Last night, in the haze of a million tweets about Mike Pence’s trip to the theater, something happened. Amidst discussions of distraction tactics, empty boycotts and “the real issues,” a man went to see Hamilton in Chicago, and let loose an explosion of profanity, threats and at least one glass of wine onto the head of a child, all in the name of Donald Trump.
Ken Keacher and I went to college together. We dressed as Mark and Maureen from Rent together one Halloween. We used to get drunk and sing showtunes. Kate Hoyt is a Pajiban, a term we use to lovingly refer to our readers. She posted a selfie in the Pajiba Facebook group on her way to the show, to the “likes” and happily jealous comments of her fellow readers. I didn’t know they knew each other, but it turns out they’re good friends and attended the show together. I only put it together when I read their separate accounts of what would follow.
I don’t tell you about these connections to address any biased reporting or anything like that. I tell you because it is easy to read viral-type stories of other people’s experiences and to be horrified and saddened, but at some point to disconnect. Until it’s your friend. Until it’s your home.
I’m sure you too have experienced friends and family members and colleagues downplaying and outright dismissing concerns about Trump. Who’ve written it off as liberal whining, as overreaction. Maybe even as lies fabricated to make our president-elect look bad.
Here is what happened last night from those who were there. From my friend and from our fellow Pajiban. Because now you too know someone it happened to, if you didn’t already.
It started when a family—with children in tow—arrived late.
“The first thing I remember is an usher with a flashlight helping a man back to his seat,” Hoyt said. He was stumbling and kind of weaving. I really thought it was an old frail man who needed assistance.”
As the man made it to his seat, his spilled the glass of wine he’d just obtained at the bar on a child sitting behind him. As the man’s apologies grew louder and louder, Keacher asked him to quiet down. Things were calmed momentarily, until one famous line: “Immigrants. We get the job done.” The audience’s overwhelmingly positive reaction clearly triggered the inebriated attendee.
“He started raising his voice and throwing up middle fingers at anyone who looked at him, including me and my best friend,” Keacher said. At that point, the man raised his fists toward Keacher.
“He was saying things like, ‘We won. Trump is president. Get over it’,” Hoyt said. “At some point Ken leaned into the aisle to try and tell him to leave and the guy then put up both his fists and said ‘Let’s go Democrats. I’ll kill you all.’”
Keacher and a few friends from his group spent the rest of the first act in the lobby. Hoyt stayed in her seat with the rest of their group.
“The house manager came down and was sitting next to the guy in the aisle trying to calm him down, but he wasn’t calming down. So I pleaded with him ‘please leave.’ And he he basically intimated that he wanted to go fight me outside. He kept shouting about Democrats and how his side won and we are all losers and he’s gonna take us all.”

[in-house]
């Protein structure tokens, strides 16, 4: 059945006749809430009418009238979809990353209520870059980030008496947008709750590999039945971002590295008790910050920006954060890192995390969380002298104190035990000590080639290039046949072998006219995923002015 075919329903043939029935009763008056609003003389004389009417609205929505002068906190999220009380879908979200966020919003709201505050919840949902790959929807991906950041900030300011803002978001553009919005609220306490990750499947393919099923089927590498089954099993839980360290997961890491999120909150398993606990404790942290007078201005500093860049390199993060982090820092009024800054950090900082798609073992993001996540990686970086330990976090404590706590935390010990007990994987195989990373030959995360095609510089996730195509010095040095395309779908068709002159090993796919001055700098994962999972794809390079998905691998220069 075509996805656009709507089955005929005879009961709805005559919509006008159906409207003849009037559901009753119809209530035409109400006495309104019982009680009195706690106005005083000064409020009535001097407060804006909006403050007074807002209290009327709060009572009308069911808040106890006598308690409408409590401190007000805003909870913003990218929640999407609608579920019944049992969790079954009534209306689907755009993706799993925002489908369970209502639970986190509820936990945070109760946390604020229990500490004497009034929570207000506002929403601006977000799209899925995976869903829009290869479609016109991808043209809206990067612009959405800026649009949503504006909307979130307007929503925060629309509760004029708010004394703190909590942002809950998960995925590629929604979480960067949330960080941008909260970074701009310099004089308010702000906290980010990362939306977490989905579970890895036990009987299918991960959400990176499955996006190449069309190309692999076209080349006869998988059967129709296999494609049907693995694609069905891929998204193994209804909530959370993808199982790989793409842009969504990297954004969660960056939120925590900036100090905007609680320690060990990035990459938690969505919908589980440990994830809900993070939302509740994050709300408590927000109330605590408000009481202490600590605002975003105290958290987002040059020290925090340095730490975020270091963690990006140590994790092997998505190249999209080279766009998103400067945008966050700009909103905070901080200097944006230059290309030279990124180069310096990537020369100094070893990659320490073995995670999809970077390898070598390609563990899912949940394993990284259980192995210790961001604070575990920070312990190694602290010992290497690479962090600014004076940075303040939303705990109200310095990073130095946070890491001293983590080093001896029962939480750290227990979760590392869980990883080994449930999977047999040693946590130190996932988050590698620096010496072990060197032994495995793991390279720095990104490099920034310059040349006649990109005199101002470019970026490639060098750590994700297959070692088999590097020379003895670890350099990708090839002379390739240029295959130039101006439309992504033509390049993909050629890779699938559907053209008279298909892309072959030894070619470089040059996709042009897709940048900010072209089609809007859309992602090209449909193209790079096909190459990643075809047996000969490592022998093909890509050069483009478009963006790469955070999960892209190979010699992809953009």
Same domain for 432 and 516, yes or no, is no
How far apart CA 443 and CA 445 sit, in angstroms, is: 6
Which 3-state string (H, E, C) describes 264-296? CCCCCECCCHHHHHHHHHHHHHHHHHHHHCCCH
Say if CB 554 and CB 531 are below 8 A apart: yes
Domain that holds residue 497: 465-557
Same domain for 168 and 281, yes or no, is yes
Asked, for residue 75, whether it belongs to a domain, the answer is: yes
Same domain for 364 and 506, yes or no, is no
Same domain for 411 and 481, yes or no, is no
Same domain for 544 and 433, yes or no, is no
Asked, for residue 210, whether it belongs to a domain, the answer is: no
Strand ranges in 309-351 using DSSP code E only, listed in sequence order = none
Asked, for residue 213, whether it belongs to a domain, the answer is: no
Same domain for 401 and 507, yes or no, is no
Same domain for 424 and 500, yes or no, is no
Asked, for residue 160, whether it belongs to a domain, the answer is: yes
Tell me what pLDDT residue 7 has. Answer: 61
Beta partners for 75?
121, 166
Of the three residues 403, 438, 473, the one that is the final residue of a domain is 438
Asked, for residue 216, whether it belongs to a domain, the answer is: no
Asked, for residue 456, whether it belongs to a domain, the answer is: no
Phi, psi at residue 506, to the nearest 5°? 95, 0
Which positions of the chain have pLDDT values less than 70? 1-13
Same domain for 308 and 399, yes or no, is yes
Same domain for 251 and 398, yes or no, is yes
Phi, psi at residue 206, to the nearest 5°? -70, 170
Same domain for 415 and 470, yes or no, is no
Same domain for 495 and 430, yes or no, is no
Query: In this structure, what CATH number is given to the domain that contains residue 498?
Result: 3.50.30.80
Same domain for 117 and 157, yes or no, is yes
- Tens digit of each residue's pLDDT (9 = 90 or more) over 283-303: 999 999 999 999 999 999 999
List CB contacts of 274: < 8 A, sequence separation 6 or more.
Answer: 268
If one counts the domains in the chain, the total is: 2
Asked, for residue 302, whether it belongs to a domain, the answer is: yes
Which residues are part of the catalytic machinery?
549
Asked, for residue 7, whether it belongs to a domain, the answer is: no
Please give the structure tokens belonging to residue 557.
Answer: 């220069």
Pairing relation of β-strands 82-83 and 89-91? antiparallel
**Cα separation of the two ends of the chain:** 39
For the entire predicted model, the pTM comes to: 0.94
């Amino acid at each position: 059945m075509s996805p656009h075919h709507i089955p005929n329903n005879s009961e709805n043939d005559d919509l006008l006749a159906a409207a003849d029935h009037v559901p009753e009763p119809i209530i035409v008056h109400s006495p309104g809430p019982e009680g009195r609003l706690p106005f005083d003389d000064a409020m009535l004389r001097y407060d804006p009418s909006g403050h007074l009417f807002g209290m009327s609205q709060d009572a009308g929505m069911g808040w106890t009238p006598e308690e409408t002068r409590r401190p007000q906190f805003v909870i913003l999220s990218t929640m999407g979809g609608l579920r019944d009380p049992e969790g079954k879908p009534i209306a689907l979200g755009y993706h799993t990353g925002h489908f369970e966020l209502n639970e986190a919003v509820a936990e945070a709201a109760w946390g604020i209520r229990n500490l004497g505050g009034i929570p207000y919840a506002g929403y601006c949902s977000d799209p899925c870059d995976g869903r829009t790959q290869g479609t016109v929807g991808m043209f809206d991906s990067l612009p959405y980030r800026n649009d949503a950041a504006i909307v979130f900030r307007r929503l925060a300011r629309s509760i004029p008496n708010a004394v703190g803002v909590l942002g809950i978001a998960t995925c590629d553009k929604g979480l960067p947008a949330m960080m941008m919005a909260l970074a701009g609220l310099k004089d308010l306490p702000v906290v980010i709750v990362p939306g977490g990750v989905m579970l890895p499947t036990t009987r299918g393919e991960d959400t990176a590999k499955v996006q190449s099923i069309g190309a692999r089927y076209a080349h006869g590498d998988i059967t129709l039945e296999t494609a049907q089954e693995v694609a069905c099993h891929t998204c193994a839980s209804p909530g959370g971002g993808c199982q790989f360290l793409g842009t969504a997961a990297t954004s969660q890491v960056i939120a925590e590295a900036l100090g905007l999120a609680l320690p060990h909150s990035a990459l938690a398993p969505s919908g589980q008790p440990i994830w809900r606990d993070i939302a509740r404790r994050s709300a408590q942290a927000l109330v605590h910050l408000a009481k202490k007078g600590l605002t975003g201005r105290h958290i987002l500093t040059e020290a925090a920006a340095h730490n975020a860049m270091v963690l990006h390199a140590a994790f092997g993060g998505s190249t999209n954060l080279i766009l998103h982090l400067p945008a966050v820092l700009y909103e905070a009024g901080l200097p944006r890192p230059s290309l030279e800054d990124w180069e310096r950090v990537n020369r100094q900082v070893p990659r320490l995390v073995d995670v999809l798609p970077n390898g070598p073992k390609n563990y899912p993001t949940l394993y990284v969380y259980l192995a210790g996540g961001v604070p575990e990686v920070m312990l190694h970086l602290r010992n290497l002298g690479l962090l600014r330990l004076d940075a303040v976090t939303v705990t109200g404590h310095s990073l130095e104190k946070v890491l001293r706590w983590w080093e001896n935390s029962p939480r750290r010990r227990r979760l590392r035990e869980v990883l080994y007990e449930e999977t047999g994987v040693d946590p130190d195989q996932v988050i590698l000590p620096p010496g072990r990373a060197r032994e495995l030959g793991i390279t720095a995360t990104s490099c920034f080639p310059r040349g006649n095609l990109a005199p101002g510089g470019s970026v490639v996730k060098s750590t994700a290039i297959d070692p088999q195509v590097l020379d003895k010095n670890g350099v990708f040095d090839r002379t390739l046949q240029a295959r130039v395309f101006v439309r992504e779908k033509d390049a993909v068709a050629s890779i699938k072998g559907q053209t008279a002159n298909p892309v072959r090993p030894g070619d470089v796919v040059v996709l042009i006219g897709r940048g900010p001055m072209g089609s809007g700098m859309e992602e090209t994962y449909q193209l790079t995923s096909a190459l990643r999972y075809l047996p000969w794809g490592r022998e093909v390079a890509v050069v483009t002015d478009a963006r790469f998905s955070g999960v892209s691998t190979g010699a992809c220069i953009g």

At that point, Hoyt also left to join Keacher. As the man was eventually being removed, the ushers took their group to the balcony in an effort to avoid further confrontation.
“When I entered the top balcony, I could hear the man shouting—my husband told me that he stood up and was yelling right at the stage—‘I am being arrested by Democrats! Get over it you losers, this is Trump’s America now!’ The audience in my section cheered when the man was removed.”
Keacher, Hoyt, their group and presumably the whole audience was shaken by what had just happened.
“I went back to my seat and tried to enjoy the second half but my friends and I were all shaking,” Hoyt said. “I was holding back tears the entire time.”
Her husband remained seated, and told Hoyt that the man’s wife was “mortified,” at one point attempting to physically cover her husband’s mouth. One of the couple’s children was sobbing, as were other kids near their seat.
“I was enraged in the moment. I just wanted that guy to leave,” Keacher said. “I felt for that kid who was doused in wine, the asshole’s kids, and for my friends who have had these group tickets for over a year and have been waiting so anxiously. I’ve seen it, ruin my night, fine, but don’t ruin it for everyone else.”
Of course, this isn’t just about a show, or as simple as a ruined evening. This is another in a series of escalating events, aggressive actions in Donald Trump’s name that keep happening.
“I couldn’t help but think of what could have happened with a drunk psychopath threatening people right by the balcony’s edge,” Keacher said. “Or what would happen to his family if he was responsible for transporting them home. Or what other nightmares we’re in store for over the next four years.”
“It was obviously deeply disappointing after waiting almost a year,” Hoyt said. “But more than that there is this sinking feeling that this is what the next four-plus years are going to be like. That people of differing viewpoints and political positions won’t even be able to be in the same room together. That political infighting will derail nearly every other attempt to participate in public life. At one point I said to my husband ‘This is the new normal, isn’t it?’ That was the worst feeling of all.”